by Terrance Hunsley
Globalisation vs protectionism post-COVID.
The World Economic Forum reminds us that the global economy and global supply chains have enabled dramatic reductions in global poverty, and that a return to protectionism could put vulnerable countries and populations at risk.
Convalescent Plasma to Treat COVID?
The Cochrane Group is doing a “Live Review” of tests of use of convalescent plasma to treat COVID.
Plasma from blood donated from recovered patients, which contains COVID-19 antibodies, can be used to make two preparations. Firstly, convalescent plasma, which is plasma that contains these antibodies. Secondly, hyperimmune immunoglobulin, which is more concentrated, and therefore contains more antibodies.
It is not an easy task, as the interim report points out. With 20 studies reviewed, involving just over 5000 participants, hte results are not clear.
Certainty (confidence) in the evidence is very limited because there was only one randomised study and most studies did not use reliable methods to measure their results. Furthermore, participants received various treatments alongside convalescent plasma, and some had underlying health problems.
Being a Living Review, the project is ongoing. Some 98 studies have been identified so far and about 50 randomized trials are underway. SocialCanada.org will report their results when available.
The Fraser Institute has published an interesting analysis of the divergent paths of housing affordability in Canada and the USA from 2006-2016.Changes in the Affordability of Housing in Canadian and American Cities, 2006–2016, by Josef Filipowicz, Steven Globerman, and Joel Emes
We find that nominal median household income actually grew faster in our sample of Canadian cities than in US cities. However, shelter costs per bedroom grew significantly faster in Canadian locations than in the US locations in our sample. Hence, the decline in hous- ing affordability in Canada relative to the United States reflects a more rapid increase in shelter costs—rather than a slower growth of median incomes—in Canadian cities compared to the majority of their American counterparts.
Our findings suggest several areas for future research. One is the identification of the factors that contributed to the much faster growth of shelter costs in Canadian cities relative to US cities. Our study identifies candidate regions for case studies examining the factors influencing changes in shelter costs. A second is the extent to which the eroding affordability of housing in Canadian cities affected the geographic mobility of Canadian workers.
…The simple average increase in the affordability index across Canadian cities is 7.2% between 2006 and 2016. The aver- age increase is 7.6% when each location’s percentage change is weighted by its share of the total Canadian sample’s population. By contrast, the simple average change in the affordability index across the sample’s 344 US metropolitan areas is −9.5%, while the weighted average change is −10.5%. Thus overall, metropolitan areas in the two countries exhibit a significant difference in the trend of housing affordability over the 2006-to- 2016 period, with the typical American city enjoying improved affordability and most Canadian cities experiencing deteriorating affordability.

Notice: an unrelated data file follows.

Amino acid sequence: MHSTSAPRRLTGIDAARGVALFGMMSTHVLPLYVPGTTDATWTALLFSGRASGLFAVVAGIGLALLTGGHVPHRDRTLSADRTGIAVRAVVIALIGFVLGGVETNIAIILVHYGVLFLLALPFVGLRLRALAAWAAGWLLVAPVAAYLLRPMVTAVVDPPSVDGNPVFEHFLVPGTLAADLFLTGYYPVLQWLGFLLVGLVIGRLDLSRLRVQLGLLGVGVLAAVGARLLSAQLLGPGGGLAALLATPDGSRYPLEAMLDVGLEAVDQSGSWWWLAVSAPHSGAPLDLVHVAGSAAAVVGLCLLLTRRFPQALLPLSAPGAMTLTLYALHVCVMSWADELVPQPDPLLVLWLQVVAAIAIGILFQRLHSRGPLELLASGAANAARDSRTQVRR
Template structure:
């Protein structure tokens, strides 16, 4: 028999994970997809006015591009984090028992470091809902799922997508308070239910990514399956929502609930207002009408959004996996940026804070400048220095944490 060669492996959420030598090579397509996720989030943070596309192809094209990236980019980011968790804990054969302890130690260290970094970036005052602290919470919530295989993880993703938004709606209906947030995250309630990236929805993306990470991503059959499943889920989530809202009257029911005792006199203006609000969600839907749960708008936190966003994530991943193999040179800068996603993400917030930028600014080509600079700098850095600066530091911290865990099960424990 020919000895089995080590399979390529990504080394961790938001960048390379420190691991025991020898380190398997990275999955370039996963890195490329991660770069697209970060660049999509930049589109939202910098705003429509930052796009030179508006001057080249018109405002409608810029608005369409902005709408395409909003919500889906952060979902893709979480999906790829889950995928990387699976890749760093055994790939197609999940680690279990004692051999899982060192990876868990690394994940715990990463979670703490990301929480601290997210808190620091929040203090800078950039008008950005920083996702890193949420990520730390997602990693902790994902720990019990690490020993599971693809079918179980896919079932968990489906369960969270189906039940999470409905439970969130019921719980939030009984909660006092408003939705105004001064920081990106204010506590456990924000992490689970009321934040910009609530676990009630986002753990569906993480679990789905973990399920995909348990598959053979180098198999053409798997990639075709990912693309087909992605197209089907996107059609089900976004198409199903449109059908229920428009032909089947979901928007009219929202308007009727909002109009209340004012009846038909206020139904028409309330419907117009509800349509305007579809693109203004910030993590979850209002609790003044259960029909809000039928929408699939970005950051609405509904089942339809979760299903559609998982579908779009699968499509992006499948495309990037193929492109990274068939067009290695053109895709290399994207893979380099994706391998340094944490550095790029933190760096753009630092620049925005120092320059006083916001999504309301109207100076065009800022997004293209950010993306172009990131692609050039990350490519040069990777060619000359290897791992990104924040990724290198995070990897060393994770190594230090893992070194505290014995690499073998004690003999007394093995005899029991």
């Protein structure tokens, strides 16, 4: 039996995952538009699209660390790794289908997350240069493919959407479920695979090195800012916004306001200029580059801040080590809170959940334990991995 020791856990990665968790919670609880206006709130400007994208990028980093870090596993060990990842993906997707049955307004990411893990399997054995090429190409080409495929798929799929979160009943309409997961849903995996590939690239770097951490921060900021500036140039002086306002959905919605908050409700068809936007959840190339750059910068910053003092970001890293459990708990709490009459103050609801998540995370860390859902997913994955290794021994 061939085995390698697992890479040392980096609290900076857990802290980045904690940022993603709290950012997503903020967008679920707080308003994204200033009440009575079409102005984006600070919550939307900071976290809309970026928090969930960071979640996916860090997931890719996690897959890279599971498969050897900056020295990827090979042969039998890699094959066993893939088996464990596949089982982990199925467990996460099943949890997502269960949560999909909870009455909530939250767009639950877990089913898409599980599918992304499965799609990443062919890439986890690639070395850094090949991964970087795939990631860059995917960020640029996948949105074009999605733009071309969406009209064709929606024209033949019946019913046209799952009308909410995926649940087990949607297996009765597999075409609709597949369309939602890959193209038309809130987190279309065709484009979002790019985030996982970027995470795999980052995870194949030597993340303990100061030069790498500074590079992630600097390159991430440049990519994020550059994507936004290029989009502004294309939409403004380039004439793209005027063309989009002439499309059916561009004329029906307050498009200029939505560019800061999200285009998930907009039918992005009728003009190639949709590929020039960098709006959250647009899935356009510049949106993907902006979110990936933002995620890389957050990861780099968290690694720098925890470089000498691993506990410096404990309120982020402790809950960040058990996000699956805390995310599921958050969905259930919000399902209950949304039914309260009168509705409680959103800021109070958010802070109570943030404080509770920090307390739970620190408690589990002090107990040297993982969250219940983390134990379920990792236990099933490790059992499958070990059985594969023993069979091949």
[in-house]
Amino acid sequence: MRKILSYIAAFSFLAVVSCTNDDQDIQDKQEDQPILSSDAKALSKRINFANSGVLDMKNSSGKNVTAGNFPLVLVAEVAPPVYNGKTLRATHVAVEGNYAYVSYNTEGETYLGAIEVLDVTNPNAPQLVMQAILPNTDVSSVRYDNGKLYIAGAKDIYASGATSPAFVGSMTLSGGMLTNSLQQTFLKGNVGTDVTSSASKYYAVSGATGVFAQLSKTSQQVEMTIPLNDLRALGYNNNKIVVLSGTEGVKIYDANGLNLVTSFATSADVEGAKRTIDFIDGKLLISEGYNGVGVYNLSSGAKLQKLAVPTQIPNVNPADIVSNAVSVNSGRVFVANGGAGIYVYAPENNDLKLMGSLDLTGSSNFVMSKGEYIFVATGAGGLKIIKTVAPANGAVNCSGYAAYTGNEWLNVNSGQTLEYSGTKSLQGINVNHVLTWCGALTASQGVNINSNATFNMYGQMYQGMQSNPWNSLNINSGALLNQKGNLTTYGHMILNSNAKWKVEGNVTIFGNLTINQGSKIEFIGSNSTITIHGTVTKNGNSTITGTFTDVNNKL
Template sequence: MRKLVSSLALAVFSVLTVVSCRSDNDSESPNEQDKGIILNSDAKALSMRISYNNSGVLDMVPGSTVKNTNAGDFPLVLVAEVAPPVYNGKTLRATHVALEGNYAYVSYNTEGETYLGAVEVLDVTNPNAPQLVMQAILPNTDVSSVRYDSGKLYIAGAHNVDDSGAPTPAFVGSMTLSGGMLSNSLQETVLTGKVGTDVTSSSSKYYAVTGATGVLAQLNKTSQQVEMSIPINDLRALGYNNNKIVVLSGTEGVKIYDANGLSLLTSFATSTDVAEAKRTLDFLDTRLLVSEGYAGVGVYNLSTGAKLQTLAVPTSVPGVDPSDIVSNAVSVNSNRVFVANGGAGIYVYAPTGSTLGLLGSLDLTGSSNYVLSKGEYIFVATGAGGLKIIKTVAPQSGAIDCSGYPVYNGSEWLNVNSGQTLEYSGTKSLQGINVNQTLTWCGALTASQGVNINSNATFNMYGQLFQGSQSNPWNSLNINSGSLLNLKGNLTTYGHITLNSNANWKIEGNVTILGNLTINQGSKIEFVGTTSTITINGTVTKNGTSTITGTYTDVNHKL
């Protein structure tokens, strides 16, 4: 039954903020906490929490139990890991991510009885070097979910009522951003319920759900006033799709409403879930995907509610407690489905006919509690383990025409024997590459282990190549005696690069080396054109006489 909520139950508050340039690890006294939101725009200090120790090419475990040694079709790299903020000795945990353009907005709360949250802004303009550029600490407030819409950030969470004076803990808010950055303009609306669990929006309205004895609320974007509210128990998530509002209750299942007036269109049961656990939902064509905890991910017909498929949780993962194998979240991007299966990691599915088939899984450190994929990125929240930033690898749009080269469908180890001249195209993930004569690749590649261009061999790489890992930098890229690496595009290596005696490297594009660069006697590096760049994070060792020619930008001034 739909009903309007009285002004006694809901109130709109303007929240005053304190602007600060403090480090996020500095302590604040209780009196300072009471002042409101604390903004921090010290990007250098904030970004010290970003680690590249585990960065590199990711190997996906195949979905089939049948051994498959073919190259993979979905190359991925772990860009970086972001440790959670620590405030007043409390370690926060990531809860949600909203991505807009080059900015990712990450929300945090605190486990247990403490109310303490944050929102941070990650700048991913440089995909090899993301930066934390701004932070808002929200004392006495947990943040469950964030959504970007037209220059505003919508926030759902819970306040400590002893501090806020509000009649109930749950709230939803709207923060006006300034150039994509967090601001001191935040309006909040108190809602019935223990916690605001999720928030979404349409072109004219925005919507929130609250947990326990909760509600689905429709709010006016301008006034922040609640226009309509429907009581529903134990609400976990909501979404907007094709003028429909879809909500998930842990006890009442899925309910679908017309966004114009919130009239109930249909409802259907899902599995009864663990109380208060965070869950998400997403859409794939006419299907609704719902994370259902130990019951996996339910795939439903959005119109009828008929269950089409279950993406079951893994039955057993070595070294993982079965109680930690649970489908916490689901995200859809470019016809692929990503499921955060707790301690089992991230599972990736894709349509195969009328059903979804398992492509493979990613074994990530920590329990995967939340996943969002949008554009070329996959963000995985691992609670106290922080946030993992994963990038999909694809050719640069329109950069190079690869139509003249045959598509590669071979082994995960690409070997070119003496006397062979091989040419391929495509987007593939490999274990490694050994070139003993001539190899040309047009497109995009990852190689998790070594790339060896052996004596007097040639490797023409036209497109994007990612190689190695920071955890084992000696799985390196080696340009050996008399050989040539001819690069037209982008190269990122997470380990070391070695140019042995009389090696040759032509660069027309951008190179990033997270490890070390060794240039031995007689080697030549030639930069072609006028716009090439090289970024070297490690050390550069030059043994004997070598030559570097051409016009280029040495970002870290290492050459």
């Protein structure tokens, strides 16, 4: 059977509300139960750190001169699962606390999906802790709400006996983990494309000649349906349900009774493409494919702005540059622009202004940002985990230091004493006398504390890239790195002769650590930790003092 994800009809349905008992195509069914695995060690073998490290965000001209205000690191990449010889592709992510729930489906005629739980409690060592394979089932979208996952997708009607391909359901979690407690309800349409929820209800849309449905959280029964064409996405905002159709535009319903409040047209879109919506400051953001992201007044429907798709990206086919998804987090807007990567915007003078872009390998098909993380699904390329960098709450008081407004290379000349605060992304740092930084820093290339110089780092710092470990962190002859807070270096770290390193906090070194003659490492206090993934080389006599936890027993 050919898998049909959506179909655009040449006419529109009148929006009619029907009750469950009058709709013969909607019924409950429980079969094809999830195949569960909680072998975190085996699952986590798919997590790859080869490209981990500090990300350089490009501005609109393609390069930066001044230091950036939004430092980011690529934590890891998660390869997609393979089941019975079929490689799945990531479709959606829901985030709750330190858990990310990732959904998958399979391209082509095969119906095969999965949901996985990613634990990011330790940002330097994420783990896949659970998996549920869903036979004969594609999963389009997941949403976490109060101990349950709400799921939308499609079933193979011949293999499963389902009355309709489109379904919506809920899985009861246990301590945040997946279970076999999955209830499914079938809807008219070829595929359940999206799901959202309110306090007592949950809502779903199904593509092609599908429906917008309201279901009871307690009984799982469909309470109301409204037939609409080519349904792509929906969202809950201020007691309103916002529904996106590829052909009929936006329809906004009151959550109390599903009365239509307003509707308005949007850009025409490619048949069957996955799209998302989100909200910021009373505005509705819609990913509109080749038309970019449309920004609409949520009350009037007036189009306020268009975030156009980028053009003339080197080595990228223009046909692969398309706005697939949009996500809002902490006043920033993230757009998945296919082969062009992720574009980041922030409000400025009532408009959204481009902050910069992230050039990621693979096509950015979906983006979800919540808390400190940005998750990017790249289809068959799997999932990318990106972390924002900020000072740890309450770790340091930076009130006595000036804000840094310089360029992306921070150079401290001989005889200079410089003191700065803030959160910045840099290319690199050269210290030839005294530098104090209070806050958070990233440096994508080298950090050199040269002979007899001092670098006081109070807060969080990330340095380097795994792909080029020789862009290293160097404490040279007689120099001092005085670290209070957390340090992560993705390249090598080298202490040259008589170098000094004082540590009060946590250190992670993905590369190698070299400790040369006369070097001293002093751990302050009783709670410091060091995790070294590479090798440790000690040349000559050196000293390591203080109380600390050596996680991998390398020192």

The authors do not comment on the fact that the US housing market took a huge tumble in 2008/9. As the graphs below show, prices dropped much farther than in Canada. So could what they interpret as the Americans “enjoying increased affordability” have resulted from many people losing their homes during the Great Recession?
New Home Prices, Canada
The Brookings Institution has taken a look at computer science education in school systems around the world.
The report describes the status of teaching of computer science in K-12 school systems. As the graphic illustrates, Europe is well ahead of North America in relation to making computer science a mandatory part of the curriculum.
That being said, however, the authors point out that the the sophistication of CS learning is not far advanced anywhere. They point to surveys of teachers where many confuse computer science with computer literacy – learning how to make presentations, do research, etc. They suggest that there is a gap in teacher preparation, which is being addressed so far by way of short professional development offerings, and being left somewhat to the individual teacher’s interest and initiative.